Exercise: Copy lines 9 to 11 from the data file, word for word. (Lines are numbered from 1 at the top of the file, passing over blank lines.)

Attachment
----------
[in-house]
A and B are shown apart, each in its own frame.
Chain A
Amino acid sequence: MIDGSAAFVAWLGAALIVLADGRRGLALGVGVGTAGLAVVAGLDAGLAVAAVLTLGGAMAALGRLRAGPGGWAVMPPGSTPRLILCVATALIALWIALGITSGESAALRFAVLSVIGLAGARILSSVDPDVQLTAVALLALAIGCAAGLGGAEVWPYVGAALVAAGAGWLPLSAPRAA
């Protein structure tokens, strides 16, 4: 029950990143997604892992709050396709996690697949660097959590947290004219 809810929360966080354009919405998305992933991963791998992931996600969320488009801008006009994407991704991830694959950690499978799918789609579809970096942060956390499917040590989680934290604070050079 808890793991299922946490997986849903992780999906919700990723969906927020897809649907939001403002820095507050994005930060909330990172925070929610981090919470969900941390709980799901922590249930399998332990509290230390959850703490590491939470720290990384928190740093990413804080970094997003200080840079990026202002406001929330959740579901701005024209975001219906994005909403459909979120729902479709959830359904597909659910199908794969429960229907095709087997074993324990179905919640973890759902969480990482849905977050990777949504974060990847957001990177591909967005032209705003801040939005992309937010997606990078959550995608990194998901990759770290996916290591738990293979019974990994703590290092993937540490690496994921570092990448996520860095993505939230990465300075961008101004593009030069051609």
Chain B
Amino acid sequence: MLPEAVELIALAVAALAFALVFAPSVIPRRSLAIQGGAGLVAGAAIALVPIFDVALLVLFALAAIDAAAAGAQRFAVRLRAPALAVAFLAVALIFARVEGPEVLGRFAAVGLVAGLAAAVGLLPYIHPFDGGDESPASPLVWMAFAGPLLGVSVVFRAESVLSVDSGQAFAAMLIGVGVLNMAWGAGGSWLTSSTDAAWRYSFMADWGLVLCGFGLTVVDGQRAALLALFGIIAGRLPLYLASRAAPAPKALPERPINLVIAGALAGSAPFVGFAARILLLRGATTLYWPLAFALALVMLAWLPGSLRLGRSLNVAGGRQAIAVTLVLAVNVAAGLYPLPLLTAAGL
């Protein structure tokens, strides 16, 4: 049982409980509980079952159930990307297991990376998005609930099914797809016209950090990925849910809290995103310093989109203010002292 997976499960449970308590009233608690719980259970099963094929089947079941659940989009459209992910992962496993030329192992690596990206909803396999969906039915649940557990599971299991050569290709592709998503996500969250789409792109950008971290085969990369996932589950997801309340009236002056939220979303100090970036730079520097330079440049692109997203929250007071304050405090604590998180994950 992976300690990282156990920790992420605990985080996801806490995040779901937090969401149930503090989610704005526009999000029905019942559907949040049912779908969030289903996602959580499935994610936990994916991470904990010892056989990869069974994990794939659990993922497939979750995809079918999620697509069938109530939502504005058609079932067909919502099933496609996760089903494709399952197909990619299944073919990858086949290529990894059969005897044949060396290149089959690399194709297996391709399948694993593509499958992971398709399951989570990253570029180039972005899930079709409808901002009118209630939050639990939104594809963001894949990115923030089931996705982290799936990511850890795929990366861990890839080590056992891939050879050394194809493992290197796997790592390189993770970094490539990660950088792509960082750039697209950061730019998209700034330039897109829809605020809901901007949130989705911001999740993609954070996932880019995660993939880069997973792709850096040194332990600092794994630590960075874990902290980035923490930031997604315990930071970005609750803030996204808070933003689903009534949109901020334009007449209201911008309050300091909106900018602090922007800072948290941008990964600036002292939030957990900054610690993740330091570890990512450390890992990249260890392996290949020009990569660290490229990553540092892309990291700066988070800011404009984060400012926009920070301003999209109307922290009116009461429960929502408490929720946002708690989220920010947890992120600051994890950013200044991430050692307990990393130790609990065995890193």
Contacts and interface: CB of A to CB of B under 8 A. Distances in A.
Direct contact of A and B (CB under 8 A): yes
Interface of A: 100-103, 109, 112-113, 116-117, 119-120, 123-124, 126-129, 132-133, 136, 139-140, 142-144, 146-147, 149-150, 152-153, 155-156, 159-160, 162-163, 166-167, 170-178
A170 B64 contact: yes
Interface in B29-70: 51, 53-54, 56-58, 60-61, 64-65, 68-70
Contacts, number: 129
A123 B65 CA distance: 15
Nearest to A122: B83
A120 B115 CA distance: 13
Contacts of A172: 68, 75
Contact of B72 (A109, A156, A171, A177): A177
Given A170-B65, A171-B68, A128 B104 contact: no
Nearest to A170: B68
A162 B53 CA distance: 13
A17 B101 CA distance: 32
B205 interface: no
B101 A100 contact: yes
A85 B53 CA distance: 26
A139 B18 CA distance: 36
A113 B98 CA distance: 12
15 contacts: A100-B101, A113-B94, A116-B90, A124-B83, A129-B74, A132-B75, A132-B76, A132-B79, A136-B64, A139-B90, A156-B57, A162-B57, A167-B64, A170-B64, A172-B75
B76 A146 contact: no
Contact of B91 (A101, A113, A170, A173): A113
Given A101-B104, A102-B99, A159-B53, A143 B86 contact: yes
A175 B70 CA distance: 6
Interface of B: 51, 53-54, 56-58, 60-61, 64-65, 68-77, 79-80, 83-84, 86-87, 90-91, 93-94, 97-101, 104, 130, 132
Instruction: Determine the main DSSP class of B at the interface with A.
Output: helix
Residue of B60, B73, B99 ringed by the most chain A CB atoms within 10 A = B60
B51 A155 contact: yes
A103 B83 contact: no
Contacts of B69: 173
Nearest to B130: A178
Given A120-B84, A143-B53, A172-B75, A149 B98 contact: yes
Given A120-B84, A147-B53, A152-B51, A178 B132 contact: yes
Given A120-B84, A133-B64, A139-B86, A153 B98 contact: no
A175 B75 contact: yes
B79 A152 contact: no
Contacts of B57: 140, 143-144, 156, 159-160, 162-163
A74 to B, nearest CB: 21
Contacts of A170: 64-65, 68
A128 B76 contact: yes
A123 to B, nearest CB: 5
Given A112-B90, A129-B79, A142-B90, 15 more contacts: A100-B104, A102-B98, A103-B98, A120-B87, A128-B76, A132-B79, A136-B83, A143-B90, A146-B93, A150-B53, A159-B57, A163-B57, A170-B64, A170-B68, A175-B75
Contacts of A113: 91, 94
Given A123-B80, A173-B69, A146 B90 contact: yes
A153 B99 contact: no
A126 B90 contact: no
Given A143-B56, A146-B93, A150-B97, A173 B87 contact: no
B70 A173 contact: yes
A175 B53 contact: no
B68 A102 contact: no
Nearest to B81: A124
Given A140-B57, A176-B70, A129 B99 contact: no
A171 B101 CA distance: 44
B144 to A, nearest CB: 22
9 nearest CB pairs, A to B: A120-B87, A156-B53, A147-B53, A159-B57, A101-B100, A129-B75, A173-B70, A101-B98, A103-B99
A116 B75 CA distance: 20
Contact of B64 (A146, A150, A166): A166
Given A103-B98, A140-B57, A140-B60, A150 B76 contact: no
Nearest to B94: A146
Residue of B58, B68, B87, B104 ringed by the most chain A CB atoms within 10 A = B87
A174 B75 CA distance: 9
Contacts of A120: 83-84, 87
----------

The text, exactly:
Contacts and interface: CB of A to CB of B under 8 A. Distances in A.
Direct contact of A and B (CB under 8 A): yes
Interface of A: 100-103, 109, 112-113, 116-117, 119-120, 123-124, 126-129, 132-133, 136, 139-140, 142-144, 146-147, 149-150, 152-153, 155-156, 159-160, 162-163, 166-167, 170-178